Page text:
How to speed up the sale of your house
The question of how to speed up the sale of your house can be a tricky one. The process of selling a house requires lots of different parties to work together. This means there are lots of opportunities for hold-ups, which can be incredibly frustrating.
In this guide
How long does it take to sell a house and have house sales slowed down?
Although there are plenty of stories about houses going ‘under offer’ within a couple of days of going on the market, the average time it takes to accept an offer in the UK is currently 1 to 3 months.
Once you’ve accepted an offer, it currently takes an average of 150 days (around 5 months) for the legal process to complete. There is some evidence of house sales slowing down. Figures from Rightmove suggest that the conveyancing process now takes an average of 50 days longer than it did in 2019. It is thought that this slowing is due to the sheer number of property sale transactions. It is suggested that there are now 39 percent more property sales than there were before the pandemic.
Why is my house sale taking so long? Common reasons for a slow house sale
If you’re trying to find out how to speed up the sale of your house, there will be a few scenarios you’ll want to avoid. These are some of the most common reasons for a slow house sale:
- Length of property chain
- Slow solicitors
- One or more parties having difficulty obtaining a mortgage offer
- Delays in obtaining property searches
Large property chains
Property chains can cause all sorts of problems and are one of the biggest causes of house sales falling through before completion. The longer your property chain (the number of related property sales), the more at risk you are of serious delay and chain collapse. Even if there aren’t any unexpected issues that crop up in the property chain, coordinating a larger number of sales will always take longer.
Solicitors holding up house sale
Conveyancing solicitors are always busy, but their current workload is even larger than usual. Overloaded solicitors can quickly result in slow sale progression.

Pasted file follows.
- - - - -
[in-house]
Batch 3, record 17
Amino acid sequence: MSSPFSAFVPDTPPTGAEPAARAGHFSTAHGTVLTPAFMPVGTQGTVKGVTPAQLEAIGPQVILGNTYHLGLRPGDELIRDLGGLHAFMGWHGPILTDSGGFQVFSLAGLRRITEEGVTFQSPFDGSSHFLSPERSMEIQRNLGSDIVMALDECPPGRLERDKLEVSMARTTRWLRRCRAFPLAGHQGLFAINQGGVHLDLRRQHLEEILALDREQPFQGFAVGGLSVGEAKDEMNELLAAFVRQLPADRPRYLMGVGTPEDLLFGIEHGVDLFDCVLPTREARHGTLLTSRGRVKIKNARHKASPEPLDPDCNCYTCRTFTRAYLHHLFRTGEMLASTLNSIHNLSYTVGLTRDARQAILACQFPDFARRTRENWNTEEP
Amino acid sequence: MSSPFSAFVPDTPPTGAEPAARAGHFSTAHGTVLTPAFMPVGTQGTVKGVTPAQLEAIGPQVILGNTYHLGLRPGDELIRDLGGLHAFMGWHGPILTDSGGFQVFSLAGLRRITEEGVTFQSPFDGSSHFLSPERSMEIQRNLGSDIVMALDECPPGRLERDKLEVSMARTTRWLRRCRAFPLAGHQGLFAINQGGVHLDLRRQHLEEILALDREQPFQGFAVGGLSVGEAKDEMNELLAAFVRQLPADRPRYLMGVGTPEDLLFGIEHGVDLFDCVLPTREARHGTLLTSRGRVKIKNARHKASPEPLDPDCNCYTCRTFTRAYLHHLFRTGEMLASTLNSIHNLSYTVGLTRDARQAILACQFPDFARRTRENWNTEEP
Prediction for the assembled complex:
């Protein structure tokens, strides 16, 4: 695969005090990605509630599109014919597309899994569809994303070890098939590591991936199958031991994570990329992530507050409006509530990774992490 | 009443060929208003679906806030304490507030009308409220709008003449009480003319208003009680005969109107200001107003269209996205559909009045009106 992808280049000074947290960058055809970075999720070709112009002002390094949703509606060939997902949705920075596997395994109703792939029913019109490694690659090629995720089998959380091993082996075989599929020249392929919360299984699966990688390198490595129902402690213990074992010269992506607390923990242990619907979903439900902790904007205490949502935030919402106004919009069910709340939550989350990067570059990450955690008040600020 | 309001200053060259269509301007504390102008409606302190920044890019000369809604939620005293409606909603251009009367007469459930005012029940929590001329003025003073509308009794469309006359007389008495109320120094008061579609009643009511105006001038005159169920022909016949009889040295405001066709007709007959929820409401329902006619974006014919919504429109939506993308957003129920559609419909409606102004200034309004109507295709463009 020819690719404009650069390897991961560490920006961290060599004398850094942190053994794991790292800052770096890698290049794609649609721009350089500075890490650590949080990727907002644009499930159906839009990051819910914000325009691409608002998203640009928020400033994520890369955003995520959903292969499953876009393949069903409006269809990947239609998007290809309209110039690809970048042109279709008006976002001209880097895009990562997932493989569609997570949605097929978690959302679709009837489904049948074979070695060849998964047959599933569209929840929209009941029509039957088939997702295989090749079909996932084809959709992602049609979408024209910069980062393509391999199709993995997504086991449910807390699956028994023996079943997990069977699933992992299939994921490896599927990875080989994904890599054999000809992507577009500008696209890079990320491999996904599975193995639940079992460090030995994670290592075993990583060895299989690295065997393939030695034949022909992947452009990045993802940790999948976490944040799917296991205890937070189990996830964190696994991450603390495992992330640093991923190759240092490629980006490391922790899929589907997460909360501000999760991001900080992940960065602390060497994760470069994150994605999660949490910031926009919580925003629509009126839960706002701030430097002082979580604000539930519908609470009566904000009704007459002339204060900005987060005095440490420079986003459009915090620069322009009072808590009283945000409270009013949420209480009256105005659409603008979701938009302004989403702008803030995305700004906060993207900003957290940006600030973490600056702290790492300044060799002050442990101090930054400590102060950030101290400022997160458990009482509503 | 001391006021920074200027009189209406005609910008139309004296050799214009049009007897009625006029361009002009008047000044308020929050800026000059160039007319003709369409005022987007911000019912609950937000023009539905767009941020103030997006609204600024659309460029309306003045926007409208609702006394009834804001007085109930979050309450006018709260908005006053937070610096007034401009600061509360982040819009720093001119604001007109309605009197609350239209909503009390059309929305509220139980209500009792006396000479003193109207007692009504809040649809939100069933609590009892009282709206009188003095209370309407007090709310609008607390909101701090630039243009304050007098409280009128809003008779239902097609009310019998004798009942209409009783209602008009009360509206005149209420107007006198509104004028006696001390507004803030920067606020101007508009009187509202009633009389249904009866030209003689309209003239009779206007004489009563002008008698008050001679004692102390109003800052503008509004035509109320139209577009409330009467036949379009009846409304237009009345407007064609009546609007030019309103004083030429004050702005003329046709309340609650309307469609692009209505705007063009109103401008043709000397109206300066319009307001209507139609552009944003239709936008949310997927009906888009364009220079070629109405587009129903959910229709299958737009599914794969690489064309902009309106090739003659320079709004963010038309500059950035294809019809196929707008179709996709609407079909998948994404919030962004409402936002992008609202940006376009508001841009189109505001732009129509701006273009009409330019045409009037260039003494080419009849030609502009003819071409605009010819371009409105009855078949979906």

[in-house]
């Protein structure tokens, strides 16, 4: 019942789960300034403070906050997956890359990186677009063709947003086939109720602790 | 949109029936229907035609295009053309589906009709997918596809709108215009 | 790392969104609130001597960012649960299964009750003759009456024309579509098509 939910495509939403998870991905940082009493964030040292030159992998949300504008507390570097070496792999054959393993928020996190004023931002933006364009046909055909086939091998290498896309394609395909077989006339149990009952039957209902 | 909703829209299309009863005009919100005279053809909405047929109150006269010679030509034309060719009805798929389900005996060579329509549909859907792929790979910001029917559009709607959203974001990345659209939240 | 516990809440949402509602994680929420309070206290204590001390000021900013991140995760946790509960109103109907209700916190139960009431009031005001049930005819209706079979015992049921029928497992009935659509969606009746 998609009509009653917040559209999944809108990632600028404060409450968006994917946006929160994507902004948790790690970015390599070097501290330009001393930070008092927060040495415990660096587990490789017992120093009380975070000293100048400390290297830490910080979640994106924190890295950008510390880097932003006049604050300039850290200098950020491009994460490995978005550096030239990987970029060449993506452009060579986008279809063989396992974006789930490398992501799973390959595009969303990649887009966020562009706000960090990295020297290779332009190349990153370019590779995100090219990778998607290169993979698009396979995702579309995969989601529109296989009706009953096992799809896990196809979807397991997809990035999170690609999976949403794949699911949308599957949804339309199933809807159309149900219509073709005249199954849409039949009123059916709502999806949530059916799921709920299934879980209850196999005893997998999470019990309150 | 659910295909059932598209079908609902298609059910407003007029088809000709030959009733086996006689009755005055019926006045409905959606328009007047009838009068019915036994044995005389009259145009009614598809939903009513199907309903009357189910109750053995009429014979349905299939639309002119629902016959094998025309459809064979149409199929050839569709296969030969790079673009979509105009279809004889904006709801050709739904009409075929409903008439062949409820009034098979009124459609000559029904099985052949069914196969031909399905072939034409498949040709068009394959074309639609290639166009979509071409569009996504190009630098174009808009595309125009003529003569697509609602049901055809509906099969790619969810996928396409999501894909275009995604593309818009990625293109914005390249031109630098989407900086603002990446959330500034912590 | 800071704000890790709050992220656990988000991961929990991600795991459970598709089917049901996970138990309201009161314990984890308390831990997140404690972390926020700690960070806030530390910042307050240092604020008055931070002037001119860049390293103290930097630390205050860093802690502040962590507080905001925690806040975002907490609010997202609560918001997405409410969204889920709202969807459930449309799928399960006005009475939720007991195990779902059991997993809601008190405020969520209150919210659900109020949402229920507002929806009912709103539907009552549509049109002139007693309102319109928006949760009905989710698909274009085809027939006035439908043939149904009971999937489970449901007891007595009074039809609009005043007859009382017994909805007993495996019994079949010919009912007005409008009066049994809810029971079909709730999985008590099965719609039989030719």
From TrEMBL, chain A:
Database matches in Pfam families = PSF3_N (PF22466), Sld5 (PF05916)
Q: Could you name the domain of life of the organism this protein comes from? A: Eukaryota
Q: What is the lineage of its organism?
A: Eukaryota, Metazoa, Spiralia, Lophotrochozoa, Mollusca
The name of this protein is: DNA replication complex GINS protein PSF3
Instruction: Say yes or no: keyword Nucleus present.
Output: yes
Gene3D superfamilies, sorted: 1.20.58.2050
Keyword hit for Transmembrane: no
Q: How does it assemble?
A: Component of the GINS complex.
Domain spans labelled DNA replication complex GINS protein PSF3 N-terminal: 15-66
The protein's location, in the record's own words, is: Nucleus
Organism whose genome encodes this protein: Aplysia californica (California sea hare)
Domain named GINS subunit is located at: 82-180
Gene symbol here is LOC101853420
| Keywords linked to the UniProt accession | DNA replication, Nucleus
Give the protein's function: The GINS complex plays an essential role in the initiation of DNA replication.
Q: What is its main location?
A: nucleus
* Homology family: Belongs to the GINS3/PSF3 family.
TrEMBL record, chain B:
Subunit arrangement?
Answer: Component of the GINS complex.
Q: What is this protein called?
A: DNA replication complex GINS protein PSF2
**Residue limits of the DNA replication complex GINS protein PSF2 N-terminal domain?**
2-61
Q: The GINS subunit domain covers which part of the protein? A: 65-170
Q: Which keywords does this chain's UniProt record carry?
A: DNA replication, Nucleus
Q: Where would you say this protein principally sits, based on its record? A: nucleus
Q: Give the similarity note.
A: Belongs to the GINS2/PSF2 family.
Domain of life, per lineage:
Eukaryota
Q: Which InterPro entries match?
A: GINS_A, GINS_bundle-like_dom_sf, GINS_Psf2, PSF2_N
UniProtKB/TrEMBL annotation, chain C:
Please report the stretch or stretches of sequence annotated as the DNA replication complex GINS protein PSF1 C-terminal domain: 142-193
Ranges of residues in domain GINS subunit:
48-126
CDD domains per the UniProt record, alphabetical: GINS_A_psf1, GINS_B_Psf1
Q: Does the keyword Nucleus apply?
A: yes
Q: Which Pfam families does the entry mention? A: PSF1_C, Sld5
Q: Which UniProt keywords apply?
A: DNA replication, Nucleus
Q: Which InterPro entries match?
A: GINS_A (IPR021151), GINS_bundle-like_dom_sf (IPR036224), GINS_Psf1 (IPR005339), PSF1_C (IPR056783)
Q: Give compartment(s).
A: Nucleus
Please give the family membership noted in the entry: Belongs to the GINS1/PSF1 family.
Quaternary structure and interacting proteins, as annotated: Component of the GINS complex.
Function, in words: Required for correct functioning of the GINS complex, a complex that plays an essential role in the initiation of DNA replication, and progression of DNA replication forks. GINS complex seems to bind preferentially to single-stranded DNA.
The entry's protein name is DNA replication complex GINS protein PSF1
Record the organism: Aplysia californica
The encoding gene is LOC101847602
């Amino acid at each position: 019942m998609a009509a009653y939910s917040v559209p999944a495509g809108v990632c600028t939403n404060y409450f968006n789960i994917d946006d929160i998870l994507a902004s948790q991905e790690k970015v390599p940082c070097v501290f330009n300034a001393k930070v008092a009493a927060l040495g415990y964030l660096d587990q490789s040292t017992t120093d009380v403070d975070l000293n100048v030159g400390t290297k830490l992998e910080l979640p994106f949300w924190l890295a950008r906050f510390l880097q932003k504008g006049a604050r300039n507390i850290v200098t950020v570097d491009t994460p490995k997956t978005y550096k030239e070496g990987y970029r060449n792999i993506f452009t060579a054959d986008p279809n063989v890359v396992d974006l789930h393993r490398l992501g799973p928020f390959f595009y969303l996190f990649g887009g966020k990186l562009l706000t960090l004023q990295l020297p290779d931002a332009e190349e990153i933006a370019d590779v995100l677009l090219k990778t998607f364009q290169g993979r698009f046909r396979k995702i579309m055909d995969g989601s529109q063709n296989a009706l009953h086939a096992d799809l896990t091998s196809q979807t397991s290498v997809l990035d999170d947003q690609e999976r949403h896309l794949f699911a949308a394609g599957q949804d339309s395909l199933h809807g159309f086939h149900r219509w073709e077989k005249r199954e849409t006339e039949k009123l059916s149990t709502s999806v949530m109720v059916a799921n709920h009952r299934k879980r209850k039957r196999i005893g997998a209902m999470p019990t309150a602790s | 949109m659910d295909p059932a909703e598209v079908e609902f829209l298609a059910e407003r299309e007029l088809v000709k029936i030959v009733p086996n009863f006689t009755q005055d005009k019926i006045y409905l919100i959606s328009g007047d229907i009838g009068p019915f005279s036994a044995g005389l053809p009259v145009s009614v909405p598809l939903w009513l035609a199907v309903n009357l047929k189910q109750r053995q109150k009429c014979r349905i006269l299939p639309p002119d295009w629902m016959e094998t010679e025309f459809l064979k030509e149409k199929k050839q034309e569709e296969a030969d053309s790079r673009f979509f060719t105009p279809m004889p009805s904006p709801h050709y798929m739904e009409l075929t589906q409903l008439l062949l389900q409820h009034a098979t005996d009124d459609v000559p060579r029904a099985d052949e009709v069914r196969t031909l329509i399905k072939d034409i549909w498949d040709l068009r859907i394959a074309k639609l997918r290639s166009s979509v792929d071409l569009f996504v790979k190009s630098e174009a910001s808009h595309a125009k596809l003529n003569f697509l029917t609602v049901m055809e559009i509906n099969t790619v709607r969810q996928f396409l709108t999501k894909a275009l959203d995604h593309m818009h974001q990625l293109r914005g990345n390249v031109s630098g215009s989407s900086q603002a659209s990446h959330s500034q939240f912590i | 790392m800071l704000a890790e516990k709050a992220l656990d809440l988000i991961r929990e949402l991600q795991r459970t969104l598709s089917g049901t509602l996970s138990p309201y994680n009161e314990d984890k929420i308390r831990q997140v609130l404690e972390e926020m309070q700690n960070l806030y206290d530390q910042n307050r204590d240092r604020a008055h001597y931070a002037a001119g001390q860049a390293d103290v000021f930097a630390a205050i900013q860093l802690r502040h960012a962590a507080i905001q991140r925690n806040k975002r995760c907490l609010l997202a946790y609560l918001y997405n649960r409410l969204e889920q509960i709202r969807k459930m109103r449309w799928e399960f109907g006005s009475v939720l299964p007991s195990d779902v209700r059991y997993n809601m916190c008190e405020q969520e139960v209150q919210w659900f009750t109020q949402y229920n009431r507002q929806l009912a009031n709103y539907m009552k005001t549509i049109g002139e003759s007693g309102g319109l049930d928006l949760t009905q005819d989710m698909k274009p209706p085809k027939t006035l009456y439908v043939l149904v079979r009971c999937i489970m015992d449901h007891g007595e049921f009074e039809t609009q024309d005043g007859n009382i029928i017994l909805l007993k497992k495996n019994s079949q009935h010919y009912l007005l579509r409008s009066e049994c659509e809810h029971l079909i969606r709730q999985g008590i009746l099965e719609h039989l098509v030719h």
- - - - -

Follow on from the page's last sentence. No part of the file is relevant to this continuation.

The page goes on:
Difficulty obtaining a mortgage
Mortgage lenders are becoming increasingly cautious in the face of high inflation rates and lower customer affordability levels. As a result, they may ask for additional information to help them decide whether or not to make you a formal mortgage offer. This extra due diligence takes time and can cause delays to the house sale process.
It is currently estimated that around 25% of failed sales are due to buyers being unable to secure a mortgage.
Slow property searches
Searches are a significant part of the legal house selling process. They investigate whether there are any historical issues in the local area that may impact the property, or any planned developments nearby.
Most homes will need to have the following searches conducted before a sale can complete:
- Local authority search
- Environmental search
- Water and drainage search
There are also a number of other discretionary searches that you can opt in or out of.
An increase in volume of property sale transactions has led to hold ups in property searches. In usual times you could expect the results of your searches in 2 to 3 weeks, but recent local authority searches have been taking as long as 12 weeks in some areas.
How to speed up the sale of your house – top tips
If you need to sell your house fast, these tips could help:
Prepare as much as you can
Doing as much ‘admin’ as you can before you market the property will help to speed up the sale of your house.
Before you market the property, or whilst you’re waiting to receive an offer, you can do simple tasks like:
- Apply to your mortgage lender for an Agreement in Principle
- Get any paperwork together that relates to the sale of your property. This could be any lease information (if the property is leasehold), any warranties or guarantees relating to different aspects of the house, eg. double glazing installation/warranties, and any other relevant documents eg. boiler servicing record.
- Get a reputable conveyancing solicitor lined up to take care of the legal aspect of the sale.
Choose your estate agent and solicitor carefully
As we’ve already mentioned, solicitors play a vital role in the speed and success of your sale, and the same is true for estate agents. If you don’t have any personal experience of reputable estate agents or conveyancing solicitors in your area, it’s always best to ask for personal recommendations from people you trust. Buying and selling property is expensive, so it can be tempting to go for the cheapest quote, but that could end up costing you in the long run. Your estate agent and solicitor ‘represent’ you to your buyers – don’t risk the success of your sale on saving a few pounds. Always base your decision on reputation rather than price.